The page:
Collective Coffee Principals - The What (1 of 3)

Collective Coffee Principals - The What (1 of 3)

Posted by Daniel Garcia on

Specialty Coffee: What is it? Why buy it?

Hello Everyone! In an effort to create a better understanding about what Collective Coffee does and why we do it we are hosing a three part series on specialty coffee. In this series will talk about the What, Why & How of  how we work to provide high quality coffee to our beautiful city and look forward to being a bigger part of our community in the future!


What is Specialty Coffee you ask?
Arabica, or Coffea arabica, is technically a shrub that produces small fruits which hold the coffee bean that we all enjoy. The farms that grow coffee can be found in equatorial regions around the world. You have your prominent and more well known regions to the traditional coffee drinker, like Colombia & Guatemala, that produce coffee with the familiar boldness in their aroma and body. A journey to African coffee, like Ethiopia & Kenya, will take you to a "fruity cup" with notes of citrus fruits or florals bringing a new, exciting experience to the coffee we drink.
Coffee Fruit Cascara - Collective Coffee Roasters
What sets Specialty coffee apart from its counterpart in a can at your local grocery store?
The answer is rather simple: quality. In order for coffee to be considered specialty grade it has to be the best of the best. This means that each coffee scores above 80 on the Specialty Coffee Associations' score sheet (our inner nerd really shows here). Because it is grown with quality in mind, there are fewer farms that grow it and less of it to send off to roasters like ourselves.
Specialty growers can be found in most countries that farm coffee. Even though these places are thousands of miles apart, they have in common impassioned growers, how they are cared for and where they are planted.
The Arabica plant is somewhat delicate so when harvesting the coffee fruit farmers usually harvest by hand to maintain the integrity of the coffee bean.These farms are generally in a mountainous region, as elevation has a large impact on how a bean develops inside the fruit.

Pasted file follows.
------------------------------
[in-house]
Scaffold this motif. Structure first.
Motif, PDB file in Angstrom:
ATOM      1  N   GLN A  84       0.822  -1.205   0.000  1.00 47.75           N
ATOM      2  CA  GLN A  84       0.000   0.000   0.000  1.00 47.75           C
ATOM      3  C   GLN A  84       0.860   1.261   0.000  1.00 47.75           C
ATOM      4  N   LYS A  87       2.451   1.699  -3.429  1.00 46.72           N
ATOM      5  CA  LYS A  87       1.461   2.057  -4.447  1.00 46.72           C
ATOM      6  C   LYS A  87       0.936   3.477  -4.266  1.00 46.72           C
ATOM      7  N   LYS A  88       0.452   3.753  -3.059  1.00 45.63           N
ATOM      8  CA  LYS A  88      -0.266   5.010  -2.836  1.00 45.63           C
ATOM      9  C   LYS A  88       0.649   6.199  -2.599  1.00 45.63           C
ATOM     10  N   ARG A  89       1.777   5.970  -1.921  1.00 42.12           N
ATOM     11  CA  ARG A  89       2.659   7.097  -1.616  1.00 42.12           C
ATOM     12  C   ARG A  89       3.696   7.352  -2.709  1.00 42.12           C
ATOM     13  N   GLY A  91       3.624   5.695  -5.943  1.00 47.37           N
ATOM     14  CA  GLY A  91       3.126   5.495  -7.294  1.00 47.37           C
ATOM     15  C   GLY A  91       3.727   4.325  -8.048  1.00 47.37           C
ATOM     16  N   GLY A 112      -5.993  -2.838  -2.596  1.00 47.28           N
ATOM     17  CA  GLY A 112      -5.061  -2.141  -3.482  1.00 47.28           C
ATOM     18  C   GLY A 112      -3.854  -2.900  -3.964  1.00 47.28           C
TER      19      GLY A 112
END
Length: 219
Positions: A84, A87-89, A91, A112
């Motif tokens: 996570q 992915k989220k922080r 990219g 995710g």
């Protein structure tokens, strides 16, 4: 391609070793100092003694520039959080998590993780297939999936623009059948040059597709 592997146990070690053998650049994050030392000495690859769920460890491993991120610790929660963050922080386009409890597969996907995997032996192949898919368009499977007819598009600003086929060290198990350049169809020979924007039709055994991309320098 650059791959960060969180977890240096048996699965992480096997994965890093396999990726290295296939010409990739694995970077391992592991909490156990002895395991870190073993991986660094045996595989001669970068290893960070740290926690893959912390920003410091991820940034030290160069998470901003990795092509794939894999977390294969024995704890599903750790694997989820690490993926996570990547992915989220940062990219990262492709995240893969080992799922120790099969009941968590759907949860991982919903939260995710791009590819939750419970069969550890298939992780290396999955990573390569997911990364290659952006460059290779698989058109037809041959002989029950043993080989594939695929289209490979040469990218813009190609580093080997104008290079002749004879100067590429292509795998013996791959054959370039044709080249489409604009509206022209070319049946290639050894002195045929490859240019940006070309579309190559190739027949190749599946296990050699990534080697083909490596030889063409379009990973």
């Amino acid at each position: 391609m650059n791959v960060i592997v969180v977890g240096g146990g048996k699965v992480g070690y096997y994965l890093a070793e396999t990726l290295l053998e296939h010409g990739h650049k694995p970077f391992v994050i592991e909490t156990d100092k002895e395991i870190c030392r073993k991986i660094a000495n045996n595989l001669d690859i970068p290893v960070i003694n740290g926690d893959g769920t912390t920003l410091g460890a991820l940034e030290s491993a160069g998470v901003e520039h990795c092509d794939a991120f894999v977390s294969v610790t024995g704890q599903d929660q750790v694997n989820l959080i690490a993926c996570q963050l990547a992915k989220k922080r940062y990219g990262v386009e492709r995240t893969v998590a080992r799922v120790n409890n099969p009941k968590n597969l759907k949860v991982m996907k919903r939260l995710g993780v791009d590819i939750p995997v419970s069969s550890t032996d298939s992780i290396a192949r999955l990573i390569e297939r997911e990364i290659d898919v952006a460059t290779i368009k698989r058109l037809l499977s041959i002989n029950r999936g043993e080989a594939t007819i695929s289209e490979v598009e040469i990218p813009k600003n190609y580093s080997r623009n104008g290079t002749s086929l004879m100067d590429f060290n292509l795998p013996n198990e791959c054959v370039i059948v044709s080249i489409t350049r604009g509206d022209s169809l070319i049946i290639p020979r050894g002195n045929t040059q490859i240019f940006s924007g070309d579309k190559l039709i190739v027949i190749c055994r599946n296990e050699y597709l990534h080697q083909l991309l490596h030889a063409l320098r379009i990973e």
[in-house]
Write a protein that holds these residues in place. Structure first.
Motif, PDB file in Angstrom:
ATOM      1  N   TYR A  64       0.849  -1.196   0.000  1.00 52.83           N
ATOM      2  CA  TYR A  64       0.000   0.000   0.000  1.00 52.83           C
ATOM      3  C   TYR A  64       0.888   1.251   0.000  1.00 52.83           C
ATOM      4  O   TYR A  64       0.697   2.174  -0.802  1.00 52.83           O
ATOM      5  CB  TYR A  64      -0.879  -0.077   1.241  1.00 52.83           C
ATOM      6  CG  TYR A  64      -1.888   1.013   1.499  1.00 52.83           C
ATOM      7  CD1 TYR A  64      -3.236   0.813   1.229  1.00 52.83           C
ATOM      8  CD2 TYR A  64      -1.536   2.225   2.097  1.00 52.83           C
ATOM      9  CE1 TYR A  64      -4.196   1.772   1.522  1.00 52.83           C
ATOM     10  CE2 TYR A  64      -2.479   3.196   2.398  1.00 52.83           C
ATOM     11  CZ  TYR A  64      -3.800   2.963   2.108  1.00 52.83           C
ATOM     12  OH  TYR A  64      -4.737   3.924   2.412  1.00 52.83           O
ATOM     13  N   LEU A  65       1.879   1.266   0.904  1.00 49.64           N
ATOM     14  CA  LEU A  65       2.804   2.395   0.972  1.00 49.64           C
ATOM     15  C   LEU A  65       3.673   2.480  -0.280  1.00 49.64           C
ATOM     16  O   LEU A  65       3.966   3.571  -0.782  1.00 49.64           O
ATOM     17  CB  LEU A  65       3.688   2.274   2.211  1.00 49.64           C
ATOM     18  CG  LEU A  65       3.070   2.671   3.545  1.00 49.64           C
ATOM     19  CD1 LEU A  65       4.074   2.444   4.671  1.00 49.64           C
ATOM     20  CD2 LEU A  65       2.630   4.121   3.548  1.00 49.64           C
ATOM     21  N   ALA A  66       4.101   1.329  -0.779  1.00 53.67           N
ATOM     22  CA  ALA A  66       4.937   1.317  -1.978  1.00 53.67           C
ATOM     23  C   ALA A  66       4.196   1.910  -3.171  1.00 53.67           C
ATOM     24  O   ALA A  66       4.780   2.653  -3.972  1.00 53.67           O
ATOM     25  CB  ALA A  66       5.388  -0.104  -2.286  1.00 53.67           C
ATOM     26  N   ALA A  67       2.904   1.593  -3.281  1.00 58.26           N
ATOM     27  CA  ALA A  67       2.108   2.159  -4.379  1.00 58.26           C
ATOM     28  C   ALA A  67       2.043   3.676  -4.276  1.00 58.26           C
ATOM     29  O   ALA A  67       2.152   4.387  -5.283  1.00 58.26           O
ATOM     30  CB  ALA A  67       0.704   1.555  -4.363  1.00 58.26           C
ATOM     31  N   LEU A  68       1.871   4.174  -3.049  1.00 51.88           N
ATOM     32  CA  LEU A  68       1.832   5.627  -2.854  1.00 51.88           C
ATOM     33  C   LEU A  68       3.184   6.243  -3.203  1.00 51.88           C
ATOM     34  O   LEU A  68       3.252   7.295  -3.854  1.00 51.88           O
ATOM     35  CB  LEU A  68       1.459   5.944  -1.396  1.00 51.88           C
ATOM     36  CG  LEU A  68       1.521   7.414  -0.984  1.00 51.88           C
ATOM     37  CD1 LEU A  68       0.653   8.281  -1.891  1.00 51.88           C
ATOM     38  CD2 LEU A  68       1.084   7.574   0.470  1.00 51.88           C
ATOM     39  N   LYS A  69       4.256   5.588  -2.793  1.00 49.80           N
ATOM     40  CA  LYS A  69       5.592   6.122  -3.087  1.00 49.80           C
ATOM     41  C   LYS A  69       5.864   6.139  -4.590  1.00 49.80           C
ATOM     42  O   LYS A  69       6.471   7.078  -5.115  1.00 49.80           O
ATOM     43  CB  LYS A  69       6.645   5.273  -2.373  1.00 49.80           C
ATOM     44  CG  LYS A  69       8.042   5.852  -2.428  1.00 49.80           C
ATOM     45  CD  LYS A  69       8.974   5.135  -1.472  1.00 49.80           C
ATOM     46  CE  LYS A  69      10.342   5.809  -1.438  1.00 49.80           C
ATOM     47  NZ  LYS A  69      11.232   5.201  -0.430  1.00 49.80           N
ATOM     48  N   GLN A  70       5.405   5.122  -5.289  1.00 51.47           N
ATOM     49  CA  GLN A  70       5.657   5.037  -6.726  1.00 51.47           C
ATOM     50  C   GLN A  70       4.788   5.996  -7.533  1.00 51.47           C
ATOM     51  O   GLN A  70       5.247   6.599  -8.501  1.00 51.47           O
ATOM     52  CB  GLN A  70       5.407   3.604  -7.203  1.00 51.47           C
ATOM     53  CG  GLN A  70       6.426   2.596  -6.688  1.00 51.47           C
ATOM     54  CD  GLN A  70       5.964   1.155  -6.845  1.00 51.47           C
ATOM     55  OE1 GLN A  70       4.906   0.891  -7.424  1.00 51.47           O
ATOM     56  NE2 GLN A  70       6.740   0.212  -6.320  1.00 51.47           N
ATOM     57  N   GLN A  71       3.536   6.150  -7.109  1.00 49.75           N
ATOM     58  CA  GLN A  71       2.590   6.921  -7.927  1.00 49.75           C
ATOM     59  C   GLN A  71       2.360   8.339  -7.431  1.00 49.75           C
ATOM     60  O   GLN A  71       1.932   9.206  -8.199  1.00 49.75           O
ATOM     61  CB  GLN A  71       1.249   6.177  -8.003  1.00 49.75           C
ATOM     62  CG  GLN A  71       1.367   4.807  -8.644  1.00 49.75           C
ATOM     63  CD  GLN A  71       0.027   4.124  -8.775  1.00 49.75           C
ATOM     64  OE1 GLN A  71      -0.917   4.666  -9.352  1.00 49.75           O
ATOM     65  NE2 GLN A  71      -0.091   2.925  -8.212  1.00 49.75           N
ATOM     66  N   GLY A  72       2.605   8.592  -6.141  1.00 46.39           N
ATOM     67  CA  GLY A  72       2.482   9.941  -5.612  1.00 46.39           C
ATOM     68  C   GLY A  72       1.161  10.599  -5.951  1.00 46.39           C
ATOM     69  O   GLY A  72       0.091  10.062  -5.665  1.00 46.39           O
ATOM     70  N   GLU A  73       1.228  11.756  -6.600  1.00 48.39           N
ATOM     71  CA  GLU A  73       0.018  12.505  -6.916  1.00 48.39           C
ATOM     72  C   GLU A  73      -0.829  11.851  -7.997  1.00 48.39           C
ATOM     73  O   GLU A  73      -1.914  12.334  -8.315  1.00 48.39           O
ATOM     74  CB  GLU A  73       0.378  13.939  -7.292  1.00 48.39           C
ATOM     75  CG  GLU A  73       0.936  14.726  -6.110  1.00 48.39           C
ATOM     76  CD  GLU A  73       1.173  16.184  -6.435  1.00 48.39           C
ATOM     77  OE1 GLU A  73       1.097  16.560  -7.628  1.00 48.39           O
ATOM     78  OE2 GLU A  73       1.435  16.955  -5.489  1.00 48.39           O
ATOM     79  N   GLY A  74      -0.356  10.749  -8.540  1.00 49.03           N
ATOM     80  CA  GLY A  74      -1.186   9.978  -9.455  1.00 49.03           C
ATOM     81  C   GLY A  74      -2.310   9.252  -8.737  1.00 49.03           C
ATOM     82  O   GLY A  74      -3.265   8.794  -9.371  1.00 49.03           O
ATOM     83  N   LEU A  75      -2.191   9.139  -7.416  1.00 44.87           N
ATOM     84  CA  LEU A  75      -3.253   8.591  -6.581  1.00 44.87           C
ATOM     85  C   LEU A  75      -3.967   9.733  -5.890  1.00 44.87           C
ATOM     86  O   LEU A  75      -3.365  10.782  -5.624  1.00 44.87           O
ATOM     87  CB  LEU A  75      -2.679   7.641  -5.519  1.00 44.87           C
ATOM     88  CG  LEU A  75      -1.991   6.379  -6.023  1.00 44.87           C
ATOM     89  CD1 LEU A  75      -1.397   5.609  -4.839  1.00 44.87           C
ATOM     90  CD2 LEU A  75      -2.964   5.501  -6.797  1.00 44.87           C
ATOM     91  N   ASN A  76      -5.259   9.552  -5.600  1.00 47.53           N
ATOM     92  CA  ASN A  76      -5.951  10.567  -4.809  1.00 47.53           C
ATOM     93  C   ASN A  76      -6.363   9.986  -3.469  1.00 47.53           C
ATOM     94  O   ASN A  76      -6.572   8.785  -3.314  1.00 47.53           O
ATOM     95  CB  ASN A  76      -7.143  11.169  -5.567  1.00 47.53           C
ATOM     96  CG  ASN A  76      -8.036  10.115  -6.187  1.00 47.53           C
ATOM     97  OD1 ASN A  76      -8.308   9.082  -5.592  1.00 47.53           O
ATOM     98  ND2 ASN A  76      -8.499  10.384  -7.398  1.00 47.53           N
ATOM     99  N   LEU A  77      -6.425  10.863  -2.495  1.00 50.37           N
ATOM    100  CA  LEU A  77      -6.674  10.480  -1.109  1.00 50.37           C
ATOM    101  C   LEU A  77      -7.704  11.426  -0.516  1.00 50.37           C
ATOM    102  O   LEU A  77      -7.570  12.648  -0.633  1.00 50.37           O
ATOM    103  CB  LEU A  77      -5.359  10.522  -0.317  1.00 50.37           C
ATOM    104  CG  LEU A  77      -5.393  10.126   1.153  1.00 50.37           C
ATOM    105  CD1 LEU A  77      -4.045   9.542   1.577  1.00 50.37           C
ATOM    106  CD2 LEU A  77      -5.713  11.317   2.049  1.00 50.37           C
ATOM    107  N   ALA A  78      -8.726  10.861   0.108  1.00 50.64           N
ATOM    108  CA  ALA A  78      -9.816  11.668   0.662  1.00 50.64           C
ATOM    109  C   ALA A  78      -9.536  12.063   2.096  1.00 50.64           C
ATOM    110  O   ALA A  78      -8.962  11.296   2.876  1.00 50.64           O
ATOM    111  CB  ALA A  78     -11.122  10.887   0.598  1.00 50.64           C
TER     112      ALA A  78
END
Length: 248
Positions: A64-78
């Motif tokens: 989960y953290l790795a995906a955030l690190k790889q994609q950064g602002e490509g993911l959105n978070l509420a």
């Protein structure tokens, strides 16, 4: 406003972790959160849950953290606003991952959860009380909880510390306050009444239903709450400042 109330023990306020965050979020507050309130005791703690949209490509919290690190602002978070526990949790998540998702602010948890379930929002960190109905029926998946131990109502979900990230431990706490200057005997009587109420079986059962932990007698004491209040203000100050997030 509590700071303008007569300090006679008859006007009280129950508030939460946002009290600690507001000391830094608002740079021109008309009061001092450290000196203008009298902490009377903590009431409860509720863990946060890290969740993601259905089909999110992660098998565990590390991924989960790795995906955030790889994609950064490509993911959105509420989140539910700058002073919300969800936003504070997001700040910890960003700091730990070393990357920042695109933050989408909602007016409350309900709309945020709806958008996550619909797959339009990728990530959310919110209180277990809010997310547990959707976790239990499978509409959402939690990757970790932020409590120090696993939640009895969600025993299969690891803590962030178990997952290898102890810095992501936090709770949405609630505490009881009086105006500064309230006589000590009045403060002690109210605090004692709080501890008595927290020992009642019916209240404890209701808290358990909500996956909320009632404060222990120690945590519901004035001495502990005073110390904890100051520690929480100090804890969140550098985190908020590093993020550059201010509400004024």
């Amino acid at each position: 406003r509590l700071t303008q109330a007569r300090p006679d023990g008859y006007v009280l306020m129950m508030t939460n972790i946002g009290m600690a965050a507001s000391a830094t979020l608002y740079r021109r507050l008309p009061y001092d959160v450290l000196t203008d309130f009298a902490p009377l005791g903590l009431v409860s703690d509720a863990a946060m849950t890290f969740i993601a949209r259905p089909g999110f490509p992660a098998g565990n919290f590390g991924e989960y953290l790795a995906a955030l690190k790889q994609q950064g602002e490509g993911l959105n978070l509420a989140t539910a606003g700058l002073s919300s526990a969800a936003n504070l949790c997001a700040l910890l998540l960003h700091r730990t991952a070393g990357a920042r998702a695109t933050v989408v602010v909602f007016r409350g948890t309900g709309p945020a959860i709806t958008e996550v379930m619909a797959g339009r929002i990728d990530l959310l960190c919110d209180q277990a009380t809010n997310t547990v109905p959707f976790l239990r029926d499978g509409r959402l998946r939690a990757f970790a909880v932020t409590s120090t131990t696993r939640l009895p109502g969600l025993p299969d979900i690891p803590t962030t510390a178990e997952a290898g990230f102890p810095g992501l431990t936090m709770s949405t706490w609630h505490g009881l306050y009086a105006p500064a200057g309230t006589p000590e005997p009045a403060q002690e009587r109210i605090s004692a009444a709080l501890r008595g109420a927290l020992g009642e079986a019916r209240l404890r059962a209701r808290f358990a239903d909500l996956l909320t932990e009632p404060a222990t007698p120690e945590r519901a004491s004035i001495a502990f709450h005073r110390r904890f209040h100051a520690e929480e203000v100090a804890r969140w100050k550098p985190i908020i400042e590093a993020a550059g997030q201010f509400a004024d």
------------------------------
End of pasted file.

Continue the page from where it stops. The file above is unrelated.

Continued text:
The higher elevation, the harder & more dense the bean becomes. Hard beans tend to have a higher concentration of sugars & because of the this, they can produce more desirable and distinct flavors. Several factors contribute to the increased concentration of sugars in coffee grown at high elevations:
  • harsh growing conditions slow the bean’s maturation process and provide time for complex sugars to develop
  • fast drainage down the mountain reduces the amount of water the coffee plants can soak up and, in turn, how fat their cherries can become
  • fewer plants survive at higher elevations, reducing the likelihood that disease will spread to coffee plants
WHAT we try to do at Collective Coffee during every single roast is to bring out these distinct and pronounced flavors. We want those flavors to create an intriguing experience for you every time you drink a cup of Collective. You will taste notes of chocolates and cherries, or apricot and cocoa, without adding anything synthetic to the cup.
If you're a coffee drinker looking for a new & exciting experience, we recommend you try a bag of the Kenya . With notes of Papaya, Grapefruit, Honey, Carmel & Dark Chocolate with a medium body, this makes one special cup of coffee for you to enjoy with a book or a small group of friends.
We are really excited to bring this level of coffee to our wonderful town! Please stay tuned for our next blog about WHY we believe so much in what our team is so passionate about!

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